Mentoring is integral to individual and business growth. A 2019 survey conducted by CNBC found that “more than 9 in 10 workers (91%) who have a mentor are satisfied with their jobs, including more than half (57%) who are ‘very satisfied.’ Workers with a mentor are more likely than those without to say they’re well paid (79% vs. 69%) and to believe that their contributions are valued by their colleagues (89% vs. 75%).”
Personally, I’ve been serving in a formal mentorship capacity since 2012. As a former leader of learning and development, I created and ran workplace mentoring programs. I’ve seen firsthand how mutually beneficial mentoring experiences are for employees and employers.
Mentorship can take on several forms.
Mentoring is formally defined as someone who teaches or gives help and advice to a less experienced person, but there are many different types of mentorship.
- Peer mentoring: Two people of the same “capacity” (title, level, general experience) get together to learn about a specific experience in an area that their peer would like to learn about.
- Reverse mentoring: This occurs when an earlier career professional mentors someone more senior than them.
- Reciprocal mentoring: This is a mutual mentorship between two parties. They likely mentor each other on different topics, but they are committed to each other’s success and growth.
- Traditional mentoring: A more tenured person mentors someone junior to them.
- Supervisory mentoring: This is a mentorship between a leader and their direct reports. It often happens organically and is situational in nature
- Executive mentoring: Executives mentor the next level (or two) of leaders reporting to them. This ensures business continuity and breeds a culture of coaching and mentoring in the business.
- Paid mentoring: A situation where a mentor is hired to impart knowledge, tools and experience. Oftentimes, this is an expert who exists outside of the mentees’ organic ecosystem.
Don’t be a mediocre mentor.
As a mentor, I am “all-in.” There isn’t anything my mentees can’t ask me for. They have full access to me anytime. I meet with them, challenge them, review their presentations, go to their events, send them gifts, tell them when I am thinking of them and celebrate their every milestone. And in order to be all-in, I don’t just mentor anyone. There is a certain feeling I get when I’ve met someone I’m supposed to invest in. This feeling is usually trigged by observing elements of myself in them that I know, thanks to my own experience, how to nurture.
If you decide to be a mentor for someone, it’s important to keep your commitments. According to a survey conducted by Olivet Nazarene University, 41% of mentees claim that it’s difficult to get time with their mentor. Remember that as a mentor, you are modeling mentorship! Keep your meetings. Solely focus on them and do not multi-task in their presence. Send them the resources you promised. Make whole-hearted introductions for them that opens doors. Your mentee will likely repeat your habits when they become a mentor. So, what do you want to see more of in the world?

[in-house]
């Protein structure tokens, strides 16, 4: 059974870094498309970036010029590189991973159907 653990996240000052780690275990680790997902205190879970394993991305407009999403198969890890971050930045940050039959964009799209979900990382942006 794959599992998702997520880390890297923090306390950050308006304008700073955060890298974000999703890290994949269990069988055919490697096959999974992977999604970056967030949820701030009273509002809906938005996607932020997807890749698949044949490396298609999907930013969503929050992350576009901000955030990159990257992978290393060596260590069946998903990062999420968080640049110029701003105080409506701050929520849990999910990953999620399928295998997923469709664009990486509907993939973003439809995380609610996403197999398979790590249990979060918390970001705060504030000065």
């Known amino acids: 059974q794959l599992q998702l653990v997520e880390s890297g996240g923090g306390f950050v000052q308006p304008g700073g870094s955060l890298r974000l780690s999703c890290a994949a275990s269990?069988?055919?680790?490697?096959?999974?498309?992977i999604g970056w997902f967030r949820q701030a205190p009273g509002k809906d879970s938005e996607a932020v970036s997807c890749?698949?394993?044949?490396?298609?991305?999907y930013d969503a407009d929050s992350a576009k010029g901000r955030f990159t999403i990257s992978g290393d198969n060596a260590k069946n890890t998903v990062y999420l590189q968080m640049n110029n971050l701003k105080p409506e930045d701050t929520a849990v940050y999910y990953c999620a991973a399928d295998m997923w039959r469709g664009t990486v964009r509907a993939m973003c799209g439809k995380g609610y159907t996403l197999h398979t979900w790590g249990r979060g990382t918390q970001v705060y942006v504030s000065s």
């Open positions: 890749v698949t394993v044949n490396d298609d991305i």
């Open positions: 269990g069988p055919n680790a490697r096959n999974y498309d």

These seven steps can help you level-up your mentoring game.
You wouldn’t be mentor material unless you were keen to do it well, right? Here are seven steps to help you show up as a next-level mentor regardless of the form of mentorship you sign up for.
- Get clear on your motivation for being a mentor. All motivations are welcome, but your awareness of your motivation is key. To be truly next-level, somewhere at your core is a desire to be of selfless service to others.
- Evaluate the forms mentorship takes and decide which of those fits your emotional and time capacities. Don’t sign up to give more than you have to give.
- Evaluate your prospective mentee(s). Ask yourself if you’re mentoring at the right level. Can your mentee apply what you impart given their station/status? Will you enjoy speaking to the topics they need mentoring on? Also, ensure that there is synergy. Do you enjoy being with your mentee? Do you have complimenting communication styles (which includes listening)? Consider that 61% of mentorship relationships form naturally.
- Make the offer to mentor and set boundaries. What exactly are you offering them in terms of your time and knowledge? How (and how often) will they have access to you? What do you expect from them in the relationship?
- Honor that your mentee makes her own decisions and her chosen path is the right path. As mentors, we offer our experience and ideas as guidance. We are of greatest support to them by giving them room to take risks. It is the mentee’s job to decide what of our advice fits them today and what they’ll file away for later.
- Communicate with your mentee if they aren’t keeping up their end of the bargain. It is okay to end the relationship if they habitually do not honor your agreement. Next-level mentors need to be freed up to serve those who are ready to take advantage!
- Make sure that you are filling your own cup too. Who has your back and is helping you grow? Our own mentors nurture us and model things for us that we can then bring back to our mentees.
As mentors, we offer our mentees a proverbial life preserver. Interestingly, you likely have these needs in common with your mentee. So, make sure you’re also taking care of you; that’s another great practice to model for your mentee.
This post was originally published on Forbes.
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